US3862899A (en) * 1972-11-07 1975-01-28 Pullman Inc Process for the production of synthesis gas and clean fuels
US5051164A (en) * 1987-09-04 1991-09-24 Mobil Oil Corporation Crystalline porous silicate composite and its use in catalytic cracking
US6241960B1 (en) * 1998-11-18 2001-06-05 Haldor Topsoe A/S Method for preparation of small zeotype crystals

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US3458299A (en) * 1964-06-23 1969-07-29 Union Oil Co Hydrocracking process
US3413238A (en) * 1965-07-13 1968-11-26 Exxon Research Engineering Co Hydrocarbon conversion catalyst
US3450645A (en) * 1966-06-02 1969-06-17 Air Prod & Chem Contact masses containing zeolite
US3472793A (en) * 1966-11-18 1969-10-14 Universal Oil Prod Co Method of preparing a catalytic composite containing dispersed aluminosilicate
US3523772A (en) * 1966-12-20 1970-08-11 Mobil Oil Corp Steam reforming of hydrocarbons
US3472792A (en) * 1967-03-13 1969-10-14 Universal Oil Prod Co Hydrocarbon conversion catalyst
US3503874A (en) * 1967-11-03 1970-03-31 Universal Oil Prod Co Hydrocarbon conversion catalyst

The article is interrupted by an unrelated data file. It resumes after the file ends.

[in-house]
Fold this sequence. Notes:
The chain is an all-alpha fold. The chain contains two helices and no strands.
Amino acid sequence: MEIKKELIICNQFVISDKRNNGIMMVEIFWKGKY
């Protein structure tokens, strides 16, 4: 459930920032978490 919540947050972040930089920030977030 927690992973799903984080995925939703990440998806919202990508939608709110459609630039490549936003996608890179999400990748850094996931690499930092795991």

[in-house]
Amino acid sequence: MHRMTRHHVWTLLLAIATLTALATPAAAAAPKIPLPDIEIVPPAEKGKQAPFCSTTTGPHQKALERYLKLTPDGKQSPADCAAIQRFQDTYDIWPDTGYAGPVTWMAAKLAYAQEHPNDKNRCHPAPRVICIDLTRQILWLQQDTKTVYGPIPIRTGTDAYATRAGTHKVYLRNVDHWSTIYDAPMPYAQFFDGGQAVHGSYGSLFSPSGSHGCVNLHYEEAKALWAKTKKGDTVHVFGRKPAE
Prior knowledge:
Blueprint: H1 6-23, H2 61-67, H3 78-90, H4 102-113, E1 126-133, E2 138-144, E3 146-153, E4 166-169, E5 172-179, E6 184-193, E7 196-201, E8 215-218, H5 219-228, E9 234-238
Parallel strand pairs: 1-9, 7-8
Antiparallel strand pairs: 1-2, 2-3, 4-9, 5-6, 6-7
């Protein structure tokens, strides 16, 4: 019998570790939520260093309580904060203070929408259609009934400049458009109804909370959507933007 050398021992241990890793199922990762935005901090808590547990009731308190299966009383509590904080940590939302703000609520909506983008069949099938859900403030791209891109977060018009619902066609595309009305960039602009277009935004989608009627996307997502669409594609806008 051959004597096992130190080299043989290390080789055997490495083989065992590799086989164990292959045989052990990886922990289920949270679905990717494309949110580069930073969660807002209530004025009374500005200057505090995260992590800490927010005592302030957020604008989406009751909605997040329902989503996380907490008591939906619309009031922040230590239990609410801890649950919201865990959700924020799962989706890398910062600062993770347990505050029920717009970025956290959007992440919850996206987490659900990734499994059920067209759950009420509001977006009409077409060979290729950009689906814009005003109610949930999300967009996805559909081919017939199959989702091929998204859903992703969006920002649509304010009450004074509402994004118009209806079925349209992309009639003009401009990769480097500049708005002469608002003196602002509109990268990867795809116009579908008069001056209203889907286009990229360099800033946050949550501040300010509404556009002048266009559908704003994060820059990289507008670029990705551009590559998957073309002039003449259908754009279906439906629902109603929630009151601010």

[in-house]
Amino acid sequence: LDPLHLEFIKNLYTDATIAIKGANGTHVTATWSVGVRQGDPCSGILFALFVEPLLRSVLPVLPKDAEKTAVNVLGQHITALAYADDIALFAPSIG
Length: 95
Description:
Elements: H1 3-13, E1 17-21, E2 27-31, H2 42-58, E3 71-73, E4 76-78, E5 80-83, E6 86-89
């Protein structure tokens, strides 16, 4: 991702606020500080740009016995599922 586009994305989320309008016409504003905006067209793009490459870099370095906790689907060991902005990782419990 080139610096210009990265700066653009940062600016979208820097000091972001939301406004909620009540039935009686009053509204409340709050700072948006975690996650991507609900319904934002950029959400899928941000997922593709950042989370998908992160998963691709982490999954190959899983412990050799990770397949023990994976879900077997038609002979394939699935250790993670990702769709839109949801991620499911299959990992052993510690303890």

US3531397A (en) * 1967-12-11 1970-09-29 Universal Oil Prod Co Method of catalyst preparation
US3929668A (en) * 1968-04-01 1975-12-30 Texaco Inc Zeolitic catalytic cracking catalysts
US3779898A (en) * 1970-12-28 1973-12-18 Texaco Inc Catalytic cracking of hydrocarbons with zeolite catalysts
US3867310A (en) * 1972-05-08 1975-02-18 Grace W R & Co Catalyst compositions
US4362715A (en) * 1980-05-01 1982-12-07 Pq Corporation Cosmetic vehicle
JPS593932B2 (en) * 1980-12-03 1984-01-26 Mitsubishi Gas Chemical Co
US4520119A (en) * 1983-09-15 1985-05-28 Engelhard Corporation Cracking catalyst and manufacture thereof
US4916171A (en) * 1984-07-25 1990-04-10 Rohm And Haas Company Polymers comprising alkali-insoluble core/alkali-soluble shell and copositions thereof
US6838004B1 (en) * 1999-09-07 2005-01-04 Industrial Science & Technology Network, Inc. Nanopore reactive adsorbents for the high-efficiency removal of waste species
CN101522305B (en) * 2006-10-11 2012-11-21 日挥通用株式会社 Purifying catalyst for gas within reflow furnace, method for preventing contamination of reflow furnace, and reflow furnace

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US2882243A (en) * 1953-12-24 1959-04-14 Union Carbide Corp Molecular sieve adsorbents